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So I'd say, if this to be more of a daily player's guitar then ignore it, but if it's to be more of a collector's guitar then back it goes.

I have a Gibson that was made in their Custom USA shop 10, 12 years ago and it came with a couple of minor blems. By now wear from playing and oxidation has surpassed the original blems. Still, it's like my daily driver GMC. Wash n wax it and it still looks good enough to get complements.

elp Still You Turn Me On
 

Wrench66

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No I wouldn’t send it back for those issues alone.
 

Gibsonrocknroll

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If the guitar plays well and that's all the issues you can find I would contact the dealer and ask for a some money back. If not return it.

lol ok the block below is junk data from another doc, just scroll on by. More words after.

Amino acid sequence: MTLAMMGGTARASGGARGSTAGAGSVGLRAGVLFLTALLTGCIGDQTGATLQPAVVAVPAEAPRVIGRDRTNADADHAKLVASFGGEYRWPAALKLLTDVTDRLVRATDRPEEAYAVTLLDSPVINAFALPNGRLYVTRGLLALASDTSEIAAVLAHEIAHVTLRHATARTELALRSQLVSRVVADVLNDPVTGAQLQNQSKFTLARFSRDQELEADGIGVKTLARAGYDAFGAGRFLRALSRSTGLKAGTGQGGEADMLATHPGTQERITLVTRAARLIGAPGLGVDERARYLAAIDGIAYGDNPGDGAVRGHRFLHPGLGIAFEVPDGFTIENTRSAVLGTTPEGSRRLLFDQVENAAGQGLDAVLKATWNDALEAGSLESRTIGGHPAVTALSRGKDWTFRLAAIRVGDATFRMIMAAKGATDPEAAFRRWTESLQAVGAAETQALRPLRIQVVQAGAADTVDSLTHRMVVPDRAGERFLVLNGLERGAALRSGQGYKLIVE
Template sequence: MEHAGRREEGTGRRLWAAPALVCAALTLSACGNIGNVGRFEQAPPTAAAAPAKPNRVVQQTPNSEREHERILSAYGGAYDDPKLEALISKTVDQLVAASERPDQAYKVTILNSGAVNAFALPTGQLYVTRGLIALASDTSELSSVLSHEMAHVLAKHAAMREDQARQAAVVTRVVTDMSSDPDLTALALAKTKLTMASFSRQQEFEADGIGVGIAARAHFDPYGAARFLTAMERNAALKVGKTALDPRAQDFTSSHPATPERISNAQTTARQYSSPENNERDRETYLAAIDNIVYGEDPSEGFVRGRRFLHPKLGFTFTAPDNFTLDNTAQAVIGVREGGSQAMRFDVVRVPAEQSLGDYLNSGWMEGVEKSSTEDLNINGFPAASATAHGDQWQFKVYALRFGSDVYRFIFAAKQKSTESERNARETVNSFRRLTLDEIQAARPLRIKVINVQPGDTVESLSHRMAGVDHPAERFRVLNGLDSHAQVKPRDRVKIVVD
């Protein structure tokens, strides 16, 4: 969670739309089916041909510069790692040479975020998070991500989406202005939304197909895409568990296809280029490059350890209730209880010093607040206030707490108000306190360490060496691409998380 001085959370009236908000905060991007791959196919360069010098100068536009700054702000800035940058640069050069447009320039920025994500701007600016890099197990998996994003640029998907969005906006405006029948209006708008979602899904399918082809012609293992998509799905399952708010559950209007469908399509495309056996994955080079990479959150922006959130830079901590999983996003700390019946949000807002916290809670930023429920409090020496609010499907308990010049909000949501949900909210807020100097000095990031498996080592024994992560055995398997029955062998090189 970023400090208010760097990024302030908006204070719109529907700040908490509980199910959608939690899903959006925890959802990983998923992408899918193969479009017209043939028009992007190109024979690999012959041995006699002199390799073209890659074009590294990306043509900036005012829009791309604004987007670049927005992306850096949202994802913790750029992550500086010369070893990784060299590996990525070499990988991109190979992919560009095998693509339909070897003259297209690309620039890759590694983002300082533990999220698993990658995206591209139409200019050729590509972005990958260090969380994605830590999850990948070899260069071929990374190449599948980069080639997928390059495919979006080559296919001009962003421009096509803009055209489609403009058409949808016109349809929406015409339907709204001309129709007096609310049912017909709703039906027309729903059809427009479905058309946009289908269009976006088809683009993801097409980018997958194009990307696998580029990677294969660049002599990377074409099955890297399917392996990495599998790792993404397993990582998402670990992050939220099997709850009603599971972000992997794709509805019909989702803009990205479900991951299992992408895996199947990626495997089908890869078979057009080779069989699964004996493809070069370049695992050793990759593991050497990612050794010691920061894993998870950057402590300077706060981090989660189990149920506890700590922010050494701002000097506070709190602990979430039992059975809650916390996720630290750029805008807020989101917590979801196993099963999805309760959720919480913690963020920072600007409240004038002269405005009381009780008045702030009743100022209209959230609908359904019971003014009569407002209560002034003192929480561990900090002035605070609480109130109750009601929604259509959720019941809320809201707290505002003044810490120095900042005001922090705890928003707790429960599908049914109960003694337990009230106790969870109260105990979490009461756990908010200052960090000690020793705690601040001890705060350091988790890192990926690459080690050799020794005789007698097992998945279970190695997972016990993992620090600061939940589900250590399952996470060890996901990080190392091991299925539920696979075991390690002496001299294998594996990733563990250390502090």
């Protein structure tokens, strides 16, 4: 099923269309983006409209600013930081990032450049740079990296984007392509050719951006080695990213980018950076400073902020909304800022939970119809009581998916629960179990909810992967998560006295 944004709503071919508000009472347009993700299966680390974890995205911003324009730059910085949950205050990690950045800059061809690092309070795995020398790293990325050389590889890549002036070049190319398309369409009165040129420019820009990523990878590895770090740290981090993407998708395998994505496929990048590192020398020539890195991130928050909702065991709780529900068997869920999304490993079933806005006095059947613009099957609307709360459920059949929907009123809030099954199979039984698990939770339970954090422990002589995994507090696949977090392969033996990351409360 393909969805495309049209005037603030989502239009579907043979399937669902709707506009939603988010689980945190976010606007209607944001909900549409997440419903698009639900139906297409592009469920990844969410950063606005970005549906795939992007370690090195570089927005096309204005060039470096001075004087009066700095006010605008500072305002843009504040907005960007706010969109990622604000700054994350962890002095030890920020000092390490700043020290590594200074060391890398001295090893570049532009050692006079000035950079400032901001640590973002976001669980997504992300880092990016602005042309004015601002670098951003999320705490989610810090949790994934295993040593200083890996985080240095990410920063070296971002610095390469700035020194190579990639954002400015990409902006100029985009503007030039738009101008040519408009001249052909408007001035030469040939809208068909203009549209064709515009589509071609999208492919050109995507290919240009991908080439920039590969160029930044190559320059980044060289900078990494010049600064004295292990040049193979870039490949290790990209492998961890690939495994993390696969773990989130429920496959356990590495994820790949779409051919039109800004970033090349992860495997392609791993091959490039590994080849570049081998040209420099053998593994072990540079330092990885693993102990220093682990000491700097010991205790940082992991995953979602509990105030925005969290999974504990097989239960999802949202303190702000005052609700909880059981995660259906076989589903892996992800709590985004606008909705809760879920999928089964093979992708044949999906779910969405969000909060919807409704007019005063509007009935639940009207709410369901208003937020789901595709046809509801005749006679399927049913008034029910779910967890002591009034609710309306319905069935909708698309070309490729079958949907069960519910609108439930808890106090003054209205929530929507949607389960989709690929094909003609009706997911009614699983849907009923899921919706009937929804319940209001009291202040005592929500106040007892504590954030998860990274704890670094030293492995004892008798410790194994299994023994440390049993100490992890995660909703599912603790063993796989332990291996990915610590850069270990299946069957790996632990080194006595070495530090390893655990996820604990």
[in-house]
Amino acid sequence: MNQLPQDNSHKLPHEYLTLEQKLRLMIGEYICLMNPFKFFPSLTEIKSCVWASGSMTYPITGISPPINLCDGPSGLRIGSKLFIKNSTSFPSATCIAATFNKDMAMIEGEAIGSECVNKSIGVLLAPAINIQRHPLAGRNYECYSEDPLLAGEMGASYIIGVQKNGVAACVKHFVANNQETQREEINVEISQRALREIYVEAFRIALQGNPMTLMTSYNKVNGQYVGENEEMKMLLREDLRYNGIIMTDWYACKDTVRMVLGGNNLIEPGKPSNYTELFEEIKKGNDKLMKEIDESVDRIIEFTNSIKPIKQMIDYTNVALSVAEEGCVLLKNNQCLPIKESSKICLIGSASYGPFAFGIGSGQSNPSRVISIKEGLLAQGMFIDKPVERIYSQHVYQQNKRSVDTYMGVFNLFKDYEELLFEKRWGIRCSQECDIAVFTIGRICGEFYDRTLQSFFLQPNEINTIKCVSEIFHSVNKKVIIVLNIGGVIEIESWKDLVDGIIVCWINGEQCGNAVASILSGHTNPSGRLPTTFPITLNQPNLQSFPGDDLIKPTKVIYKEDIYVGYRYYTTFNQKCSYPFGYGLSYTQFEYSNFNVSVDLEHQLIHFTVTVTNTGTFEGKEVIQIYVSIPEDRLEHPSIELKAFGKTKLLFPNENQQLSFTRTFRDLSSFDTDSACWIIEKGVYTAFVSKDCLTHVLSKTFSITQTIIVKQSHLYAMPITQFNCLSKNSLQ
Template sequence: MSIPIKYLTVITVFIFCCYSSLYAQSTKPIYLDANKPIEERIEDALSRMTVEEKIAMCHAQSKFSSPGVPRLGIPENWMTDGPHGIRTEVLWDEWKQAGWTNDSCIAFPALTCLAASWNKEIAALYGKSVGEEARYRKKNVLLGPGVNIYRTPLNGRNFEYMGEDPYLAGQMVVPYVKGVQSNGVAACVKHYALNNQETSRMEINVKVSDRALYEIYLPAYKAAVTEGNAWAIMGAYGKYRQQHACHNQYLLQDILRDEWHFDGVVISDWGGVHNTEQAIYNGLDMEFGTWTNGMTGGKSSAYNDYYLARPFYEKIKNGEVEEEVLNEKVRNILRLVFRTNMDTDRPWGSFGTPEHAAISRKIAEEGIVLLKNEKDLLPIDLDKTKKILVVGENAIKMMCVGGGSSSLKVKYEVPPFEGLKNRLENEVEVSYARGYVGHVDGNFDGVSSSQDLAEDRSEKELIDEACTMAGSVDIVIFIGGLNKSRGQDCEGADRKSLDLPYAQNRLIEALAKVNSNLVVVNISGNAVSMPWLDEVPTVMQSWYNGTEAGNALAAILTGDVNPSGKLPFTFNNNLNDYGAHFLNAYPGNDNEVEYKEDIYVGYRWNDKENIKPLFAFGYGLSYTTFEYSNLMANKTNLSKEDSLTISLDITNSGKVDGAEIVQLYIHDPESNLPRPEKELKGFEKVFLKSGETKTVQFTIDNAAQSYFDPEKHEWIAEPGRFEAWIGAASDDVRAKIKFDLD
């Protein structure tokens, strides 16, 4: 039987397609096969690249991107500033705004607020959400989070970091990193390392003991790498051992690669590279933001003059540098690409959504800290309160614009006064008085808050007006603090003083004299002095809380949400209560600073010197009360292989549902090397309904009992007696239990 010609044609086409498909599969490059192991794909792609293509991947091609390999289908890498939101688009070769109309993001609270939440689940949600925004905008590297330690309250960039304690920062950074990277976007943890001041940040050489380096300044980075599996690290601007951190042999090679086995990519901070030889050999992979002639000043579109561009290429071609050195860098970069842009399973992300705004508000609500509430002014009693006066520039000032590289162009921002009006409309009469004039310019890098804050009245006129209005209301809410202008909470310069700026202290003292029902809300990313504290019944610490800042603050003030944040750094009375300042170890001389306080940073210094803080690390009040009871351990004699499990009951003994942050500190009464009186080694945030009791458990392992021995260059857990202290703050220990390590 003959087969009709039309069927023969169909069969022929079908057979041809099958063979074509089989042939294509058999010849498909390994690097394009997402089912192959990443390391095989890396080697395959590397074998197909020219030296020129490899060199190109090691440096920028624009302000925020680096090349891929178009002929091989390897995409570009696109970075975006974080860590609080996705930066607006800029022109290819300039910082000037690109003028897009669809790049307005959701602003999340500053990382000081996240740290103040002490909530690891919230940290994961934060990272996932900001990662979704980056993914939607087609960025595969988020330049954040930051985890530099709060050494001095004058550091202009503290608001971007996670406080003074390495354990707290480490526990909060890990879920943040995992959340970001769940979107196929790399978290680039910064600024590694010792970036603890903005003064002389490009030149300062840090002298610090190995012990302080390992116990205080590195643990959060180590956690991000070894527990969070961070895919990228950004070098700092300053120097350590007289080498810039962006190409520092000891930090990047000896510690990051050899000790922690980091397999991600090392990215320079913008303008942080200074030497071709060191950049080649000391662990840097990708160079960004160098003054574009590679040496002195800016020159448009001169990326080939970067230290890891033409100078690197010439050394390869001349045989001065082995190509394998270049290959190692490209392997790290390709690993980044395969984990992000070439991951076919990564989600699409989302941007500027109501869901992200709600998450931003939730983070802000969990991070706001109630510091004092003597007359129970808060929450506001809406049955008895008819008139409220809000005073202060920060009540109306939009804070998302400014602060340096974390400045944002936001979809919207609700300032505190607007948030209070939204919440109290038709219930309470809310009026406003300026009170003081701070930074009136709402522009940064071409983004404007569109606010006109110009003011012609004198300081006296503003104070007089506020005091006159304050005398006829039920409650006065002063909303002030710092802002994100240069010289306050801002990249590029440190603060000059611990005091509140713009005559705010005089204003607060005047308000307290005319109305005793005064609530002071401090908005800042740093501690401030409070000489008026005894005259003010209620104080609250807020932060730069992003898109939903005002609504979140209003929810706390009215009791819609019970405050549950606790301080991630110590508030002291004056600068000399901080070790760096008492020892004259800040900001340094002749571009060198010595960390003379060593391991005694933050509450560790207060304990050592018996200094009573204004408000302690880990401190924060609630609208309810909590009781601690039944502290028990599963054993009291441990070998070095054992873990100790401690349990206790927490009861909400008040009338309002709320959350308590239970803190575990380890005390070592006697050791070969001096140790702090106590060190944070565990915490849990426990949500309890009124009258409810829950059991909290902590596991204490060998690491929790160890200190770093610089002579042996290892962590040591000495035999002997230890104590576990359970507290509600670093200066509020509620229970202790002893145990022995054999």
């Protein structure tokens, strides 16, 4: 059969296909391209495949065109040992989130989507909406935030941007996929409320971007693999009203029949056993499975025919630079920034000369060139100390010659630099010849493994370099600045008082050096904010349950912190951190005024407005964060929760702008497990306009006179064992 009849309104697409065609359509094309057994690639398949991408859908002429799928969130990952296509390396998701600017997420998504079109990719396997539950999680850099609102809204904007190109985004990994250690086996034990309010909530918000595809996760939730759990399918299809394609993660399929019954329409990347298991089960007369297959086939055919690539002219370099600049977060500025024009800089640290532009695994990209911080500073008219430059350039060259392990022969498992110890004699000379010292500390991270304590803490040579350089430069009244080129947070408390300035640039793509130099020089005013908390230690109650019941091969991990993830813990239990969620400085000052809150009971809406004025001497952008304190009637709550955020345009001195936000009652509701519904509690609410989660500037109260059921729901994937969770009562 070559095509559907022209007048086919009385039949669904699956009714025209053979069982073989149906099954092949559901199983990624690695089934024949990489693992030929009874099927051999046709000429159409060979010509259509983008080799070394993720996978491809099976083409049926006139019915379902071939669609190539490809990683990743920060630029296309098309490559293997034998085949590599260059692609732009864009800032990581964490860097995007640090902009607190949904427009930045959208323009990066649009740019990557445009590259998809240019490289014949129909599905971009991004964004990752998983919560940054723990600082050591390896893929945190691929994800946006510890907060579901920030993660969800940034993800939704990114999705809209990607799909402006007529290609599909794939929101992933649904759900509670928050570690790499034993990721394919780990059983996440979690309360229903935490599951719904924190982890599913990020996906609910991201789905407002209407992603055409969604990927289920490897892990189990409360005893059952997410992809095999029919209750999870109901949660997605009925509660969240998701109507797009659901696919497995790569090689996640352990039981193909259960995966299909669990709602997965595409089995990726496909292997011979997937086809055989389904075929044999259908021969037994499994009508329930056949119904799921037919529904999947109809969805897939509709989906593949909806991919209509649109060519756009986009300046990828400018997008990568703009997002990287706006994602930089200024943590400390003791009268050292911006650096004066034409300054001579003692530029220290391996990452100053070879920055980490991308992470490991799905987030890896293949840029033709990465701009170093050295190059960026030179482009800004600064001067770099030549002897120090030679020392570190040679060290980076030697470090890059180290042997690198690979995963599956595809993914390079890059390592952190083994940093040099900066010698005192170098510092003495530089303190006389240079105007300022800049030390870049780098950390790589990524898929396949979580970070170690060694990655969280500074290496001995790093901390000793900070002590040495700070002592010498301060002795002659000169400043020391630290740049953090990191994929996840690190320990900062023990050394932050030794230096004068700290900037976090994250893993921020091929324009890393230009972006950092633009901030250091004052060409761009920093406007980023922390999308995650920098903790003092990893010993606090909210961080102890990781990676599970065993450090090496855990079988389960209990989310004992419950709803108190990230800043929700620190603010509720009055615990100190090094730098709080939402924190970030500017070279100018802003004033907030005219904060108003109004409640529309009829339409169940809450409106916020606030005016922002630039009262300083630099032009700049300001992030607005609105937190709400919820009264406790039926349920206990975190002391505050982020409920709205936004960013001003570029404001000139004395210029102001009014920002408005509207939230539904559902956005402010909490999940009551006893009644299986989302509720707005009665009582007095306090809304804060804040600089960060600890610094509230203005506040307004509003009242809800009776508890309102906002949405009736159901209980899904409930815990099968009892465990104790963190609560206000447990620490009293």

01GT Eibach

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It is interesting that you called this thread "Loose Toggle Switch" and not "Lacquer Over Spray". The toggle-switch thing is a non-event, fixable in 10 seconds by even a GC guitar tech. The over-spray thing is a legit issue.
 

ARandall

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The whole of the guitar is sprayed with clear, and the whole of the headstock is black. There cannot be overspray by definition in any step of finishing in this scenario.
Buffers just don't reach into that area, so what you have there is simply an area that cannot be made mirror shine like the rest of the guitar. And opaque colours always show up this more than guitars with translucent colour.
And then 10 years down the track when the nitro has finally sunk fully into the pores you'll have little imperfections everywhere. Maybe you'd do better with a poly finished guitar with shapes that the buffer can get into.
 

AJK1

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I think there are a few Fender employees on this forum…
 

moreles